The sounds that scare
Oct 11, 2019
The racing heartbeat build-up. The piercing screams that follow silence. The upbeat soundtrack juxtaposed beside a sinister scene. Film-makers have been using famous hair-raising techniques like these for years – and as Halloween approaches and horrors make their way onto our screens, now seems like the perfect time to explore exactly why certain sounds are so much scarier than others.
While it’s possible some auditory cues spark fear simply because we associate them with the horror films that came before, research shows being scared is also a part of our biology. Sound is our fastest sense, and so acknowledging when a noise is dangerous plays an important role in our survival.
Biologist Daniel Blumstein started studying this concept after hearing a baby marmot scream. The irregular noise he heard when picking the animal up seemed to evoke a different emotional response within him – and he found this kind of danger signal is replicated across many other species too. Blumstein named these kind of noises ‘non-linear’ – and ever since, his experiments have proven that sounds with non-linear elements like these elicit a negative feeling within listeners.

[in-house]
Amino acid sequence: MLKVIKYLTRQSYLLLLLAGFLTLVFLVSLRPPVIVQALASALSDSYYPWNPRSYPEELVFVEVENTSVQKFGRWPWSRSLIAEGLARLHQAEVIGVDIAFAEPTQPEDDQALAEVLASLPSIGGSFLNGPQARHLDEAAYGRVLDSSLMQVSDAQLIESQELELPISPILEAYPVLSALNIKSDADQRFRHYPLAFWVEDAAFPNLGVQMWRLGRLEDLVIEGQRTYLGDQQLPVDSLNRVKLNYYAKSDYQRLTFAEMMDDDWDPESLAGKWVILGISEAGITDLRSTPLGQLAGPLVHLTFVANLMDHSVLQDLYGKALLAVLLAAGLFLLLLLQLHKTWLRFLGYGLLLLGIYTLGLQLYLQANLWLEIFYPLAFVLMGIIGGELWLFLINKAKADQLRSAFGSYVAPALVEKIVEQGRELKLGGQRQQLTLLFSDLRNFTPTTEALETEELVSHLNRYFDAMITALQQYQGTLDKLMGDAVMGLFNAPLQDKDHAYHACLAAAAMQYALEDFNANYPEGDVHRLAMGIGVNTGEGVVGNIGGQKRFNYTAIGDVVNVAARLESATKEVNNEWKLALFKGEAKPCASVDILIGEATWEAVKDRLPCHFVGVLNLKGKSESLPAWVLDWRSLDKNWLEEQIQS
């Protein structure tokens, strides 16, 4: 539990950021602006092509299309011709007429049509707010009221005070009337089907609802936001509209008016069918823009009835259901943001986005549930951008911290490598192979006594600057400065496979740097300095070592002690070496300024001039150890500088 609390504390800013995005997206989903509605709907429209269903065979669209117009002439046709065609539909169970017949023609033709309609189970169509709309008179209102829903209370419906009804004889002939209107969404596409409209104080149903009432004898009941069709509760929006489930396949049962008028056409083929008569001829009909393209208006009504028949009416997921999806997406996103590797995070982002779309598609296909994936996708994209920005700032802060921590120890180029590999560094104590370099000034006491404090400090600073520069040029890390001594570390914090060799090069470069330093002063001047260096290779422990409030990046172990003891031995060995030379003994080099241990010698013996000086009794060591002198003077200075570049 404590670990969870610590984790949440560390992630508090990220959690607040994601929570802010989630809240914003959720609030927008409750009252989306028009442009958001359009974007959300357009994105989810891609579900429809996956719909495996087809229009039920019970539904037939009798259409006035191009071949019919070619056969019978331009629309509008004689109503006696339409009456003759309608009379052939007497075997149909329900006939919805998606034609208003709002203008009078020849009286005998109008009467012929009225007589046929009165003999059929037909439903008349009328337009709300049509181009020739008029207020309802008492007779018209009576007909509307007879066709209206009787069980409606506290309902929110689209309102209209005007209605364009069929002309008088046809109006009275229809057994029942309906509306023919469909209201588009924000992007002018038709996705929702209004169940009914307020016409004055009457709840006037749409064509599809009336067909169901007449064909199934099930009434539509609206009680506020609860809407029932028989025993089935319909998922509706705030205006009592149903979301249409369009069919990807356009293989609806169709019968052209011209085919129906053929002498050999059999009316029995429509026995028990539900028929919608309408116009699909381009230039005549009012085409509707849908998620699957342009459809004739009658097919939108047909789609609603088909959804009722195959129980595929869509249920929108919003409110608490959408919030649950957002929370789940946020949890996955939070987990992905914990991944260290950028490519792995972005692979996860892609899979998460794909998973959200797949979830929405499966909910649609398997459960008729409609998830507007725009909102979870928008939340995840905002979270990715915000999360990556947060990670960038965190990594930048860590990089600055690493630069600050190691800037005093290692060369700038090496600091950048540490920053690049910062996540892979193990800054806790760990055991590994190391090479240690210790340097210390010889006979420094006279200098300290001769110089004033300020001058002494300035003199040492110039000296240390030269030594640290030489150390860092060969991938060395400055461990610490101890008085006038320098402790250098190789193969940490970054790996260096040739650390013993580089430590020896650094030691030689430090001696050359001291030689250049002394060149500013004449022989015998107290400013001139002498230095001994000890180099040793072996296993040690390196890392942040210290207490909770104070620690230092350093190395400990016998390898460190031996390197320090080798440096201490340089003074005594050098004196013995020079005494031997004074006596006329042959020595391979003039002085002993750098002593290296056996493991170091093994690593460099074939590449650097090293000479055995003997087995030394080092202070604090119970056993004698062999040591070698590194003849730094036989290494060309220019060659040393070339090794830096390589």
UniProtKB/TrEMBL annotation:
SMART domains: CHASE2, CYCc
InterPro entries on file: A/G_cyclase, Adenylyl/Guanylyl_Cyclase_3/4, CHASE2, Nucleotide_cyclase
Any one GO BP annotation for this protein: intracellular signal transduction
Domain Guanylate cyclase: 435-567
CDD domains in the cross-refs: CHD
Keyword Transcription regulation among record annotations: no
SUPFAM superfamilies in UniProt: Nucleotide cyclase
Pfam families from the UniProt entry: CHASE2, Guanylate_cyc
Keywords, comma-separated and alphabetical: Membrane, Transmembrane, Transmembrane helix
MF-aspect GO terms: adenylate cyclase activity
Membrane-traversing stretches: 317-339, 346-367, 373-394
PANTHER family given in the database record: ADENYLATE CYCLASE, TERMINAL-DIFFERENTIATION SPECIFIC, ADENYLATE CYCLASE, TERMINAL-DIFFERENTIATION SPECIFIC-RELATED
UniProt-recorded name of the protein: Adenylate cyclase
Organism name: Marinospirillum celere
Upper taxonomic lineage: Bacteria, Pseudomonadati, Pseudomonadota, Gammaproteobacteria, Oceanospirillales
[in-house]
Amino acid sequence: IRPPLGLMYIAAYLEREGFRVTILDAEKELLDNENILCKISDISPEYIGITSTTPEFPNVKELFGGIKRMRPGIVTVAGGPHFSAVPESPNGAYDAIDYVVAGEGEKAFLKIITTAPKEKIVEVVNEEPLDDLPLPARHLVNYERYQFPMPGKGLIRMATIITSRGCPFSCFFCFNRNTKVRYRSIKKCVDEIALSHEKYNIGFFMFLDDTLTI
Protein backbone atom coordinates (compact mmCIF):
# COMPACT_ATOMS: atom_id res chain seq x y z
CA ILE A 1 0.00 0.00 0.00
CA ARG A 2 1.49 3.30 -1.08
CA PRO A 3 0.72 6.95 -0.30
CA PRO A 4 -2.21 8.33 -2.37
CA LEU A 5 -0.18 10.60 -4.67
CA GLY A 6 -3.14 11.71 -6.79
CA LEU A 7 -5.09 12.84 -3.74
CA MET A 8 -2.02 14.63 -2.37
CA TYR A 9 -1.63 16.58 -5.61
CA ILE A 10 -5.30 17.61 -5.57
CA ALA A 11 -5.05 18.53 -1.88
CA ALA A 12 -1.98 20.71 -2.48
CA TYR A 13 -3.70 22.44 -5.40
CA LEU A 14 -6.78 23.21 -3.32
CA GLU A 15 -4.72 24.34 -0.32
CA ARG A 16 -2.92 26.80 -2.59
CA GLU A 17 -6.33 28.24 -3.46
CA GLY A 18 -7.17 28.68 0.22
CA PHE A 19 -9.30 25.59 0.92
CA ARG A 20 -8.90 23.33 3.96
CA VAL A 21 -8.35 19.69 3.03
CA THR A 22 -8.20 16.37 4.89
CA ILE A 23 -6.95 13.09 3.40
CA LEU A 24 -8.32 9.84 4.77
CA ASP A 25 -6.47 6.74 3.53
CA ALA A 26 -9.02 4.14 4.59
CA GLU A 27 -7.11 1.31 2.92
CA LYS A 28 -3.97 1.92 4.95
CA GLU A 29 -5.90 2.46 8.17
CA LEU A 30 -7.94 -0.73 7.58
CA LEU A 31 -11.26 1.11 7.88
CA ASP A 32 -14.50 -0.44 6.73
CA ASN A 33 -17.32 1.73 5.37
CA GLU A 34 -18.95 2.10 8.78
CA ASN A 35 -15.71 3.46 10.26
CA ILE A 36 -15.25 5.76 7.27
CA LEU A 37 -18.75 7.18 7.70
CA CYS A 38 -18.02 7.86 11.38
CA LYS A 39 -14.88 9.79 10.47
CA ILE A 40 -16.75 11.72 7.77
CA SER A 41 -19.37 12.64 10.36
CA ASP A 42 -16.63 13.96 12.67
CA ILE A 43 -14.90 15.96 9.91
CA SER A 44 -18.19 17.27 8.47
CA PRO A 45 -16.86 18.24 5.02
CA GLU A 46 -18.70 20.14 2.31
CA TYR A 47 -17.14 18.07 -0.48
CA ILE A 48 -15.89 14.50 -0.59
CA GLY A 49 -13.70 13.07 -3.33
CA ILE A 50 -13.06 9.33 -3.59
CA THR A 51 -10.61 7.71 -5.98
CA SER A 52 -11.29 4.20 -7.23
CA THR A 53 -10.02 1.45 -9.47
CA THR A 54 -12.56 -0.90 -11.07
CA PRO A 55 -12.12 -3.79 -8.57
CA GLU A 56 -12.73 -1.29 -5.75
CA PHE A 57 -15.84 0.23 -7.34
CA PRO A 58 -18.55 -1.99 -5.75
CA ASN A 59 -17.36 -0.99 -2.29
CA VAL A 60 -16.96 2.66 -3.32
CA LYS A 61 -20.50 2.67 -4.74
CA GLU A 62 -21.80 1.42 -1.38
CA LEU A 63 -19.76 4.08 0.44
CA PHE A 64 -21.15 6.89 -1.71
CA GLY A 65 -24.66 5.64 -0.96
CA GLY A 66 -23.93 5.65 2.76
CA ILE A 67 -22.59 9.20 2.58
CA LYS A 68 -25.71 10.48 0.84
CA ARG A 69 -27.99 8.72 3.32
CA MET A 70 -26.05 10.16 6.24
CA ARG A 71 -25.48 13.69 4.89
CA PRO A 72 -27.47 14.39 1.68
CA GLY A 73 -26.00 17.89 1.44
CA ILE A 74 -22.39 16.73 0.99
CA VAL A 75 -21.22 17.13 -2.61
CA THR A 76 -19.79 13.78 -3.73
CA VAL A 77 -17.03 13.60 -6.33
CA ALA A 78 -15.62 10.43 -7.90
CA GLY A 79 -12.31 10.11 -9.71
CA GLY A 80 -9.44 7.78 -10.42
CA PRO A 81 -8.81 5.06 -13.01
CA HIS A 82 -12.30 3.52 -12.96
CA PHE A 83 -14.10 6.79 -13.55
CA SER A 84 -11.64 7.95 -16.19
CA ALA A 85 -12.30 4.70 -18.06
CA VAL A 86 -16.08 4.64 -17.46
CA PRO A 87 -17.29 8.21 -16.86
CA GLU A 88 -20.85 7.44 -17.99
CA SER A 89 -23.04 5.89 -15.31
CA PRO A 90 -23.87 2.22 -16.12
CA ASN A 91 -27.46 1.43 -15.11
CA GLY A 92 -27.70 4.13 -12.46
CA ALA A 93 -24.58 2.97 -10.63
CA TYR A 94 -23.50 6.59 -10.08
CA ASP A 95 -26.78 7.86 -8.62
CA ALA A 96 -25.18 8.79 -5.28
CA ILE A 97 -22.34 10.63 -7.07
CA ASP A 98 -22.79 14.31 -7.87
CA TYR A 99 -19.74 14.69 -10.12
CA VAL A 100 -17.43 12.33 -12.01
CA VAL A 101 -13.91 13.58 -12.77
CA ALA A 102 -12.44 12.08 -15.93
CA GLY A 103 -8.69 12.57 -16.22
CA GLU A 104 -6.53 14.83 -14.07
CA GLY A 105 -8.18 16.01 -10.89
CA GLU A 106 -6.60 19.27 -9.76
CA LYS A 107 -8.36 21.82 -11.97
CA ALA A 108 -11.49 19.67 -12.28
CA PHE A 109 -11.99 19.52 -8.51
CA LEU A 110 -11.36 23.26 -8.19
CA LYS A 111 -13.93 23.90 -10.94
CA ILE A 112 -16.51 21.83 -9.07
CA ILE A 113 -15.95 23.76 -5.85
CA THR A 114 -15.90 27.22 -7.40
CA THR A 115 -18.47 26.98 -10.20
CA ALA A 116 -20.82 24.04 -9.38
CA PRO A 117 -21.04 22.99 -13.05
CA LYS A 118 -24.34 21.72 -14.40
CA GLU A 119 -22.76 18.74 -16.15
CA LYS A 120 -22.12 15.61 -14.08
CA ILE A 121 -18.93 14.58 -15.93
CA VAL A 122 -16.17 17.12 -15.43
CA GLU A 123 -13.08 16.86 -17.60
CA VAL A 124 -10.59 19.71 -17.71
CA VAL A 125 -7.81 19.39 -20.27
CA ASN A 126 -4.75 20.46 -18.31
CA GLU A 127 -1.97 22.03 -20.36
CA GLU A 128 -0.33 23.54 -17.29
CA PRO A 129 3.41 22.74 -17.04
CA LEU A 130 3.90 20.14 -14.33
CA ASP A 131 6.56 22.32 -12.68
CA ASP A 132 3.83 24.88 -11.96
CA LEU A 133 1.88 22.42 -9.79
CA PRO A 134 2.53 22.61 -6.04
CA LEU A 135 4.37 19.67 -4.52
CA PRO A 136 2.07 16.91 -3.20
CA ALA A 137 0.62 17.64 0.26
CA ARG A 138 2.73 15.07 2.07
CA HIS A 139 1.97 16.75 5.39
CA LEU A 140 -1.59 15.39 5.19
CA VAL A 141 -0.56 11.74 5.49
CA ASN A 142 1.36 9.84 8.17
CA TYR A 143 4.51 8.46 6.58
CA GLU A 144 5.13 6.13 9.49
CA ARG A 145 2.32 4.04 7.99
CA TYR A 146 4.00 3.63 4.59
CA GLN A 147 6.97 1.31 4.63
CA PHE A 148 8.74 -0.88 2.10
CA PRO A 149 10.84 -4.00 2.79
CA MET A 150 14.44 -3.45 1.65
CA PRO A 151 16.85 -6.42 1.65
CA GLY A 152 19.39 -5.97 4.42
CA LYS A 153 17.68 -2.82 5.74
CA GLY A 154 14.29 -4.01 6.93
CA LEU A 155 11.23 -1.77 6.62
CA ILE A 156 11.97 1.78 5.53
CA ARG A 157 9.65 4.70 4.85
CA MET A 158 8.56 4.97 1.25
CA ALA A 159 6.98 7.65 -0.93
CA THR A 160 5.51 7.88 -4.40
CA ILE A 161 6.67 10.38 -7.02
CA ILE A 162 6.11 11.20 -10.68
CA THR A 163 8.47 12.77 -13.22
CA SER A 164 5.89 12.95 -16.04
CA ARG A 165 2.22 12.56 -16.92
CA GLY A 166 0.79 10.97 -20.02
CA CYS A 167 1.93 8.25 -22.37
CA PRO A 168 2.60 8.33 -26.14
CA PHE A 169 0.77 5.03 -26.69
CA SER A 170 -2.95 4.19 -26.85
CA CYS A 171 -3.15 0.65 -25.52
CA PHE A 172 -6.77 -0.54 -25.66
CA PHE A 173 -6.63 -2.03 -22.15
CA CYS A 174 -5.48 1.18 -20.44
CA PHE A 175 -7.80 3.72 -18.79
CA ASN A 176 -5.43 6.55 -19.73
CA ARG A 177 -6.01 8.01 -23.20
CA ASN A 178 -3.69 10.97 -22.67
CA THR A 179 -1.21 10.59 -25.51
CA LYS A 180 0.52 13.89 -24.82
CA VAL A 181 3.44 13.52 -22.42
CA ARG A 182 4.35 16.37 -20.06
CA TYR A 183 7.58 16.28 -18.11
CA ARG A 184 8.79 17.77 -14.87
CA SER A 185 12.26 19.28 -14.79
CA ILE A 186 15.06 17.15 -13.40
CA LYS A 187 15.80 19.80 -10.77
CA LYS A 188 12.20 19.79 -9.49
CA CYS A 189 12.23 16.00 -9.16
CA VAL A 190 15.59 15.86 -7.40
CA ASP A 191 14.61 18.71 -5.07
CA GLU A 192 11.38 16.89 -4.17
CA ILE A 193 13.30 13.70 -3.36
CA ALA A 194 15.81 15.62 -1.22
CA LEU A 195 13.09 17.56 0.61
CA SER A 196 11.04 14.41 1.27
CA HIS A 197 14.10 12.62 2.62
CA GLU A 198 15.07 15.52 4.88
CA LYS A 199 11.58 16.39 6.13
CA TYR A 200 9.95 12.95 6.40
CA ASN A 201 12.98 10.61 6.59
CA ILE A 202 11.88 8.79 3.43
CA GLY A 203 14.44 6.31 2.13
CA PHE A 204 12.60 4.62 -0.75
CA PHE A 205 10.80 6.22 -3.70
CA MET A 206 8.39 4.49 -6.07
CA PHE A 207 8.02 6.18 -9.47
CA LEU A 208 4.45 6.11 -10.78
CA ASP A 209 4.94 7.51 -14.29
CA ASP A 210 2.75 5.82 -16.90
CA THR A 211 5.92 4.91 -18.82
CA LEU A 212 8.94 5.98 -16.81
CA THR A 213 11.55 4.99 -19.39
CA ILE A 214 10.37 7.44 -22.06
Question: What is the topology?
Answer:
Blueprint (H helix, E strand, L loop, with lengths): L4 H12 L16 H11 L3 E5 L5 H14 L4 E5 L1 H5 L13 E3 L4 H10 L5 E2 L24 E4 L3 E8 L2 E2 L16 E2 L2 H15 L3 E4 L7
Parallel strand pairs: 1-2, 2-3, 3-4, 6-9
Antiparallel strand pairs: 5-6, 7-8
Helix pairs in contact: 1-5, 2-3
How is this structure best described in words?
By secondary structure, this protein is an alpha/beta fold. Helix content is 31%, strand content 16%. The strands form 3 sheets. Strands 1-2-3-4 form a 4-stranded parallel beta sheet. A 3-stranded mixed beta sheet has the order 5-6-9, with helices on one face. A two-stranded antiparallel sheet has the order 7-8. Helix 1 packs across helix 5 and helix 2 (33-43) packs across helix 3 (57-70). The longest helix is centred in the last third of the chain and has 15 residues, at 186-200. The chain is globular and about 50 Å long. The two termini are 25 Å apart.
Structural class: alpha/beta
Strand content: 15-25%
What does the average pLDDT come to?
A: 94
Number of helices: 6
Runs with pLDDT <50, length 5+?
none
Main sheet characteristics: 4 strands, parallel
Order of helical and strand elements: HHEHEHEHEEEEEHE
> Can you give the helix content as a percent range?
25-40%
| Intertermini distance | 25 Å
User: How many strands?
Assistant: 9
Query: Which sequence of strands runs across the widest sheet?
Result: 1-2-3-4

The T-rex in Jurassic park mashed non-linear noises of several animals together to create a roar that shook every screen it aired on, and many other famous films pushed noise beyond its normal range to encourage an evocative reaction in viewers. This technique is being reinvented all the time; from the high-pitched violins that perforated Psycho’s shower scene in the 60s, to the arrival of the synthesiser that shocked the 70s and 80s – and has now been brought back to life through the new Netflix series Stranger Things.
There’s more to this recognisable synthy soundtrack than meets the eye – or ear – because a bassy heartbeat and non-linear notes of uneasiness are interwoven into what passes as a pleasant song on the surface.
The scare tactics don’t end there either. This series won an Emmy Award for Craig Henighan’s sound design, which used the power of silence alongside everyday sounds like flickering lights to make those watching feel a little off-kilter without really knowing why.
Henighan isn’t the only sound expert to be taking a paired-back approach to achieve maximum results. The multi-award-winning mini-series Chernobyl was tasked with replicating the horror of a nuclear disaster without sensationalising a sensitive time in history – and so Icelandic composer Hildur Guðnadóttir decided to recreate the catastrophe in the realest way possible; by going to a decommissioned plant in Lithuania and recording the sounds that existed around such an environment. That meant throwing away the thriller drums and orchestra strings, and replacing them with silence and slow progressions – only including noises that really served a purpose.
The best example of this can be heard right at the start of Chernobyl when the reactor explodes. Instead of the loud eruption we so often expect, viewers are met with a much quieter thud, which turned out to achieve a far more spine-chilling effect than bringing out the cracks and bangs of a Hollywood blockbuster.
In all these instances, we can see the important role the sound – or the total absence of it – plays in determining whether a film or TV show delivers the maximum scare to become a true Halloween classic.